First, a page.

Speech and Language
There is a direct correlation between singing and the development of language. By singing, and by being sung to, children naturally learn how to put vowels, consonants, words and sentences together. Children will often ask for the same song to be sung again (and again, and again!) because they thrive on repetition and predictability. This repetition leads to retention, and lines from children’s songs therefore often end up being a child’s first fully structured sentence.
Singing also allows for precise practice of the formation of words, because the words of songs are sung at a slower pace than conversational speech. For example, recite, “Humpty Dumpty sat on a wall,” at the same pace that you would sing it, then try to say “Hello, I’m pleased to meet you,”at the same pace. It just doesn’t work! Children are developing their language skills when they slowly perform short, simple children’s songs again and again.
Music making offers countless opportunities for connection between responsive caregivers and young children. Song is a unique way of connecting and communicating, and it carries with it benefits for both the singer and the listener. Many wonderful things happen when a child is sung to. Songs can be used for storytelling, cultural exchange, to calm, to excite and to incite discussion. For the singer, the act of singing increases cardiovascular function, lowers blood pressure, releases endorphins and lowers stress levels, with consequent increase in immune function.
Singing to babies is particularly powerful. All positive caregiver-baby interaction leads to the release of beta endorphins for both, promoting feelings of well-being and increased relaxation, and this is especially true for when a baby is being held and sung to.
Carefully selected, age-appropriate music for children can ignite the brain, and the imagination. When children hear a song that they love, they engage with the story held within it. Often children can be supported in acting out the song, making it a fully immersive experience. Most of the time this can be done without the support of props, costumes or pictures, and using only bodies and our voices. This provides a rich imaginative experience for the children.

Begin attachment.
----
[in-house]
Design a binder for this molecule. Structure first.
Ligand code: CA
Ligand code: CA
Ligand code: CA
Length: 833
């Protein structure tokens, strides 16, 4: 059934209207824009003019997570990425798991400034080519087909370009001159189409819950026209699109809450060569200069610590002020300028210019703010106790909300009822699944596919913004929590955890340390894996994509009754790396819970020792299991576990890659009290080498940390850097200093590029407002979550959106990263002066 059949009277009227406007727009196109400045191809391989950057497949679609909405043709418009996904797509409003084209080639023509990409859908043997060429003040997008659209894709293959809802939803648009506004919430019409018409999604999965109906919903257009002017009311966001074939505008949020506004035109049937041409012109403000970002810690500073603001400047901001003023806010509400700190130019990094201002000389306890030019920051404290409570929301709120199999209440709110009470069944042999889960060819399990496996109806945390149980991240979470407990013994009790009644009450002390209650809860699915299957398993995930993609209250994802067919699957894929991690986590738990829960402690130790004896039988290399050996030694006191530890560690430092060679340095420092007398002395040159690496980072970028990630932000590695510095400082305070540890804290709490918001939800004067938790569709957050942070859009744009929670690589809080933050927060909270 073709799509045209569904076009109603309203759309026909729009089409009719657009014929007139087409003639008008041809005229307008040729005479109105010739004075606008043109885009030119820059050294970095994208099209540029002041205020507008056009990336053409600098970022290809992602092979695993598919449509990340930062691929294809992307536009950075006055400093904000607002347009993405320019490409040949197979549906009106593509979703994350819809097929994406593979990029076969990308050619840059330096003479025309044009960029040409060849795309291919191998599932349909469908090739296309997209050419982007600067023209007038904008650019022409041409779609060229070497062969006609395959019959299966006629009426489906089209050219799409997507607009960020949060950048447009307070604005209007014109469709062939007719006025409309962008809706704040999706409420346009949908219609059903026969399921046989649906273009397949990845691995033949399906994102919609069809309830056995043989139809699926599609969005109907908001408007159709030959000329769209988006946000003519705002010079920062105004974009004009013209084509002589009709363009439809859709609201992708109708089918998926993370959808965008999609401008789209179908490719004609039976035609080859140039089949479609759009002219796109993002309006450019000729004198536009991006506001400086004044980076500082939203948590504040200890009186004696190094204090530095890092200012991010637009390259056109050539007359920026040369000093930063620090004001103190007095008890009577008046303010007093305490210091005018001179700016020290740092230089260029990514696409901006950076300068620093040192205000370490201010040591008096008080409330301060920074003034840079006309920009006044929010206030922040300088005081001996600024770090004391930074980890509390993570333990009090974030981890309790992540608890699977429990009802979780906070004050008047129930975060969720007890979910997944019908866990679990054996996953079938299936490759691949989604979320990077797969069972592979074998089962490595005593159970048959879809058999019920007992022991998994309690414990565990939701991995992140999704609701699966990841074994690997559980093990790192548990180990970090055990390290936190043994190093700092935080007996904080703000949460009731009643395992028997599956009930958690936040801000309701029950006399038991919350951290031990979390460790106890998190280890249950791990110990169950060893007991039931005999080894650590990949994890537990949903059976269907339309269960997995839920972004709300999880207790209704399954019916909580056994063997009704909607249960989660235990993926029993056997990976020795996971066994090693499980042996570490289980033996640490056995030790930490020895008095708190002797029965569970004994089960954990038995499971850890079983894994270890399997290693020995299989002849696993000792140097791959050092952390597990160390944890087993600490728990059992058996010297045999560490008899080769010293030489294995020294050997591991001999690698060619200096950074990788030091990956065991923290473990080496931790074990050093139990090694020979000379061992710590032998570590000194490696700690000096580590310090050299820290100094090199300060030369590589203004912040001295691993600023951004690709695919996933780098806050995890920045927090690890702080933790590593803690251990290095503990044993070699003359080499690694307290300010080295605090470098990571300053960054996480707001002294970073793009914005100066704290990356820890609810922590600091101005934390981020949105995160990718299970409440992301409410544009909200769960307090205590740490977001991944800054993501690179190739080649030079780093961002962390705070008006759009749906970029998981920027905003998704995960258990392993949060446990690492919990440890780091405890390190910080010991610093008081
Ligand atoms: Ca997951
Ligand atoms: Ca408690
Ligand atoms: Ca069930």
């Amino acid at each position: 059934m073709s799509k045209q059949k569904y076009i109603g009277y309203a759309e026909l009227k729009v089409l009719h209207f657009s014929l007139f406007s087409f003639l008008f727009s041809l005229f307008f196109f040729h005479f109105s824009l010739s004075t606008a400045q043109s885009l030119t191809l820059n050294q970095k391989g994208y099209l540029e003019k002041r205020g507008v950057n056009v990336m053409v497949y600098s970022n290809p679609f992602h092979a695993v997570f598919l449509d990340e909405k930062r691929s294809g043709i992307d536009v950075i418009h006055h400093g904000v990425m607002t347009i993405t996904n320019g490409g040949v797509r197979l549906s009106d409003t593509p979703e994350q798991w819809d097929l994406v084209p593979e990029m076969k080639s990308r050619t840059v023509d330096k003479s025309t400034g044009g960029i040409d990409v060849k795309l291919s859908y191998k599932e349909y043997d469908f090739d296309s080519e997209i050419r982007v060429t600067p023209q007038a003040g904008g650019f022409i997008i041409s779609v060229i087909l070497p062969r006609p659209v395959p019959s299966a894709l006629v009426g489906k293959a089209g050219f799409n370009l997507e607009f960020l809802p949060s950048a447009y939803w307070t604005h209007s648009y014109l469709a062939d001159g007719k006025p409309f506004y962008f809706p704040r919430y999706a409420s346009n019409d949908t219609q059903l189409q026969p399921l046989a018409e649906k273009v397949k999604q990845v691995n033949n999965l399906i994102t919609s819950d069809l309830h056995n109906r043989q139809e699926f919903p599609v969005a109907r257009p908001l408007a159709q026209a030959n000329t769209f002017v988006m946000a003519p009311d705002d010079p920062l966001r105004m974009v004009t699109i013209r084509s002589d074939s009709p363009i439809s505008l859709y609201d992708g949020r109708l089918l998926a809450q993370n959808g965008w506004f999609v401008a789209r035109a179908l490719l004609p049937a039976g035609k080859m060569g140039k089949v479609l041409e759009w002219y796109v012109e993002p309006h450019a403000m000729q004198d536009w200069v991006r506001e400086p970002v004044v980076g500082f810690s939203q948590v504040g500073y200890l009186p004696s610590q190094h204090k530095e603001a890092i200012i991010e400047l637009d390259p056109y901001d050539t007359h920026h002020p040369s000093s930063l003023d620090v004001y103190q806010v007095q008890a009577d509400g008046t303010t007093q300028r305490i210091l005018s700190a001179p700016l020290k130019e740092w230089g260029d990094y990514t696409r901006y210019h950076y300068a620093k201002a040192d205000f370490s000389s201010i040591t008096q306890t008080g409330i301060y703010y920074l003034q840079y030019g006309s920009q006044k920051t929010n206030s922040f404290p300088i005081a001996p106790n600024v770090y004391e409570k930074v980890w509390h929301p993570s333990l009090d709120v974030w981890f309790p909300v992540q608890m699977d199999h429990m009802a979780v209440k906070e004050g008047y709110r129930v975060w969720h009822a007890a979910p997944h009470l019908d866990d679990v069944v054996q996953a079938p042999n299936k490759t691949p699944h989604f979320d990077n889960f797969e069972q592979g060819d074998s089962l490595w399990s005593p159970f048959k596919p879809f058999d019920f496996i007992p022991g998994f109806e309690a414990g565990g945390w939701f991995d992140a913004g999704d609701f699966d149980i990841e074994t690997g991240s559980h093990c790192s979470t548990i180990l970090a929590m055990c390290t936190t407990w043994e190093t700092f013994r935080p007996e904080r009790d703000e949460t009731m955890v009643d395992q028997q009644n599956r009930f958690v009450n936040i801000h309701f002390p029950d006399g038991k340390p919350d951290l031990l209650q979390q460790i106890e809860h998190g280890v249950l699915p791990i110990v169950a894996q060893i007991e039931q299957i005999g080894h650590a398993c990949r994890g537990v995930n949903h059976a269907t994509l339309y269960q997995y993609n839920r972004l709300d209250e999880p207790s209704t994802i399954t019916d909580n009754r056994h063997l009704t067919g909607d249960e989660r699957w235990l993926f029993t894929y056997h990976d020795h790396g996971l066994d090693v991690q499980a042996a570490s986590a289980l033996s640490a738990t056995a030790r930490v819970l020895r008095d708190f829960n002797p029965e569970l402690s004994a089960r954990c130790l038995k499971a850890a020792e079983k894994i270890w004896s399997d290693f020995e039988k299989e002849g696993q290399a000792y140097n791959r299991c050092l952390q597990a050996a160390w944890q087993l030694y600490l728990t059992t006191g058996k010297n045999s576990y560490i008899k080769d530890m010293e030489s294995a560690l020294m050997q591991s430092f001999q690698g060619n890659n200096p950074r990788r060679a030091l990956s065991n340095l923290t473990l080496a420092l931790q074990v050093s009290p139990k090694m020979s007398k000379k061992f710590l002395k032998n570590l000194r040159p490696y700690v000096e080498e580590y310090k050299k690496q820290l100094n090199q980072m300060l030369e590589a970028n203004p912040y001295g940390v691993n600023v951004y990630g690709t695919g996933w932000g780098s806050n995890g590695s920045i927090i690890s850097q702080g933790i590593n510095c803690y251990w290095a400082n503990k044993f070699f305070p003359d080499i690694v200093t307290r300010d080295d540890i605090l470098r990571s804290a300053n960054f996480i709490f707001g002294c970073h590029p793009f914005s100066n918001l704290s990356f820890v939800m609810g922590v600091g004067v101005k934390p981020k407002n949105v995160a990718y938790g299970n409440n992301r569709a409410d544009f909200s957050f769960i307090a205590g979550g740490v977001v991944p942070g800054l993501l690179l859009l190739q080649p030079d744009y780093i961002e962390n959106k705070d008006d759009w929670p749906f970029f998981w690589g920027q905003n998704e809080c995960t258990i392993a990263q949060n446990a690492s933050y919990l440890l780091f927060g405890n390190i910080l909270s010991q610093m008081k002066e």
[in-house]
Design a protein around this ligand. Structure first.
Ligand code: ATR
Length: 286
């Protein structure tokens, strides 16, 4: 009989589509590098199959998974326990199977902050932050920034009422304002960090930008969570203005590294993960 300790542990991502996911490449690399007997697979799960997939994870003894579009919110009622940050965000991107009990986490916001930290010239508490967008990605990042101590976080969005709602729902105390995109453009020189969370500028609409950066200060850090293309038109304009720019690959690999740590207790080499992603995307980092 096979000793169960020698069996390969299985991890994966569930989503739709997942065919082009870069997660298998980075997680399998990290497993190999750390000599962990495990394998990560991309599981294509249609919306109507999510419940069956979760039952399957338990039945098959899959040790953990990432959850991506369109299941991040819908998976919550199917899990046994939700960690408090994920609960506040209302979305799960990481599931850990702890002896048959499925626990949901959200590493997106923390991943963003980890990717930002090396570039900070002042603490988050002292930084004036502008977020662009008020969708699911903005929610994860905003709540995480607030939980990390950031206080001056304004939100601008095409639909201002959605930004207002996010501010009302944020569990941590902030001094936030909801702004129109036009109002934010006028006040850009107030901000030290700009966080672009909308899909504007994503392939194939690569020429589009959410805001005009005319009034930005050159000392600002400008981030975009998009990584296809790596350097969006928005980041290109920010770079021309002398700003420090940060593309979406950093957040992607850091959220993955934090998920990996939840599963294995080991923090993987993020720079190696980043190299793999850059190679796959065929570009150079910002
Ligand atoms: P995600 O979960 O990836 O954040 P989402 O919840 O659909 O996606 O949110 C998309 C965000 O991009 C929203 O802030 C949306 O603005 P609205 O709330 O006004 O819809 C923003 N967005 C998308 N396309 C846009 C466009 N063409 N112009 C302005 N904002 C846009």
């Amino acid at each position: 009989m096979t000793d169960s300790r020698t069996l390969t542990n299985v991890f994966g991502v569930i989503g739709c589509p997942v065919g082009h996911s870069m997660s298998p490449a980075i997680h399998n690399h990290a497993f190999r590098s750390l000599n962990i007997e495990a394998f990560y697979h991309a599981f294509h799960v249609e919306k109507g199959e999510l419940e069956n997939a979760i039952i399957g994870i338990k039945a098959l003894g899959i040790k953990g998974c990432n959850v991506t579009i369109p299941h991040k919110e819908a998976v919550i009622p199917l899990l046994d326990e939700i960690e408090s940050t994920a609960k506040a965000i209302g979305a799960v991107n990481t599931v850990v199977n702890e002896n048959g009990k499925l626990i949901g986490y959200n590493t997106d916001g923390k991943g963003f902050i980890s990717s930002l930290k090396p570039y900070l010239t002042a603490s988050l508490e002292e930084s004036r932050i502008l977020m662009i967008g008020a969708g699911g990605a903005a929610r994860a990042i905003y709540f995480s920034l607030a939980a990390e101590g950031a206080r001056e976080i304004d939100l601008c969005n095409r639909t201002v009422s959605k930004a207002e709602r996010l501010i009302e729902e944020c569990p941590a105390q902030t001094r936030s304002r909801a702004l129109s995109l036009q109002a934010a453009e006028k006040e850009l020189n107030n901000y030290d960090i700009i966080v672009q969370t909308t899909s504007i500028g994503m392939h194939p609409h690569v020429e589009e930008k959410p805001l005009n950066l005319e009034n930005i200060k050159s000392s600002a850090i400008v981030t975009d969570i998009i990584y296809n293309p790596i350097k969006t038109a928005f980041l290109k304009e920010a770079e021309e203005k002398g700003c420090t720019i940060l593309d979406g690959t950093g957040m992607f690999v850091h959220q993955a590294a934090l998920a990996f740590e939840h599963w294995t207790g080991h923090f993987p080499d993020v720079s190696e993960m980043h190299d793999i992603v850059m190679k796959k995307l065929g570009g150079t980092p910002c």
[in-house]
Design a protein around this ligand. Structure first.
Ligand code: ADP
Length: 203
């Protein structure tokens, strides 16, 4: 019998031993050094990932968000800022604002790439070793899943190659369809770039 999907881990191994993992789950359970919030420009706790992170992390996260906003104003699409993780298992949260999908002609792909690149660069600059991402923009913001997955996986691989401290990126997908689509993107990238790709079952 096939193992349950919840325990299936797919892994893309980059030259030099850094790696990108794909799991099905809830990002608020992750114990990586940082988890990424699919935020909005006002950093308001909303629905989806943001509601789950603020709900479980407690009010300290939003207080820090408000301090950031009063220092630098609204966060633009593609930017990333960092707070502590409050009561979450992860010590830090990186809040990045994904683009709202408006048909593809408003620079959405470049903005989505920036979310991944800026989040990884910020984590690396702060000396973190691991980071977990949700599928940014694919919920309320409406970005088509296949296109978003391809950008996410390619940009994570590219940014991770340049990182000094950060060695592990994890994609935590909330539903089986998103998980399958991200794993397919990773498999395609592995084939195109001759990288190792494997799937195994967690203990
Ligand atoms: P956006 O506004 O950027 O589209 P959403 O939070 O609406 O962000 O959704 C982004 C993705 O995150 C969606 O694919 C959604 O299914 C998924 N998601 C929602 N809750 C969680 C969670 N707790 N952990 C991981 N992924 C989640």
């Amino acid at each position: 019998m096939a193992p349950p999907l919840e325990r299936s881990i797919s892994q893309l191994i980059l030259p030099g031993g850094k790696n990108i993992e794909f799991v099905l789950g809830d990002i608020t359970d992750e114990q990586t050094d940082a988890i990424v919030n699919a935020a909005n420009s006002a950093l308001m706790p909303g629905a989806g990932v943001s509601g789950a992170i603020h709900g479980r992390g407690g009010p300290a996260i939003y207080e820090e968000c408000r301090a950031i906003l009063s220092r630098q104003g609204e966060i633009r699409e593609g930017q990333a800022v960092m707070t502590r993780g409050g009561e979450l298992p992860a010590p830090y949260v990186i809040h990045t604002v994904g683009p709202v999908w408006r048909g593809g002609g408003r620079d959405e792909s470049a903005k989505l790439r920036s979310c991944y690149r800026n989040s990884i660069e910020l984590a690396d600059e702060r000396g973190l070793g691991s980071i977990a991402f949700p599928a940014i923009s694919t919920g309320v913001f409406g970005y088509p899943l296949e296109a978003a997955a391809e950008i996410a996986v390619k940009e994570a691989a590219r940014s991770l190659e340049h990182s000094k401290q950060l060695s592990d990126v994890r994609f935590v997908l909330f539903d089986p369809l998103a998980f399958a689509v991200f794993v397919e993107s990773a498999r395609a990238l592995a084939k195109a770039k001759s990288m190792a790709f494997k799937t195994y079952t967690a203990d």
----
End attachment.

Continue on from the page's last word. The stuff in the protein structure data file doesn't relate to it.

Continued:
One of the fantastic things about music for children is the way it naturally contains patterns, with lots of rhyme and repetition. These embedded patterns mean that children (and grown ups) can recall them more easily and memorise quickly. Nursery rhymes in particular are often structured so that they tell a story, with a clear beginning, middle and end. Because they are short and quite simple they allow the youngest of children to be engaged in the story, and to understand what is going on. This structure also helps children to understand the concept of events happening in sequence.
Music is made up of patterns and sequences, and so it is very closely related to the development of numeracy. In music, rhythm refers to the pattern the words make and relates to how the beat is divided. The rhythmical, repetitive nature of children’s songs and rhymes offers opportunities to experience this innately, by, for example, saying a rhyme and bouncing or clapping on the beat. Many children’s songs are based on simple addition and subtraction. These particular songs and rhymes are often accompanied by fingerplays that reinforce the numeric concepts being subconsciously explored. Songs that explore concepts of fast and slow or big and small are also supporting children’s developing understanding of numeracy.
Motor Skill Development
Children’s songs are often accompanied by actions. Some of these actions will involve whole-body, gross motor movement, and others will involve fine motor movements such as wiggling fingers one at a time. When children move their whole bodies while engaging in music making they are more likely to comprehend and interpret the words, sentences and phrases used (particularly when the movements reflect the meaning of the words) and retain information. Using whole bodies also helps children to develop their strength, co-ordination, body awareness and balance.
When children perform fingerplays where they are required to move one finger at a time they are engaging in finger isolation. Finger isolation is the ability to move one finger at a time, and is a necessary skill that should be developed in the first five years of life. The dexterity developed through finger isolation allows children to do all kinds of important things like gripping a pencil, tying shoelaces, doing up buttons and playing a musical instrument.
Music for Music’s Sake
When children are engaging in music making, they are completely unaware that any of this amazing growth and development is taking place. They are simply making music for the joy of it. All of these benefits of music making are wonderful, but the most important part of engaging in music with children is the fostering of a lifelong love of music. The best way for children to engage in music making is with others, and without any backing tracks or videos. For young children, the unaccompanied voice is the safest and most familiar sound and is far better than any recorded music. Just as children learn language in interactive environments by being engaged in live conversation, they will gain the most benefit from being sung to directly, and by making music together.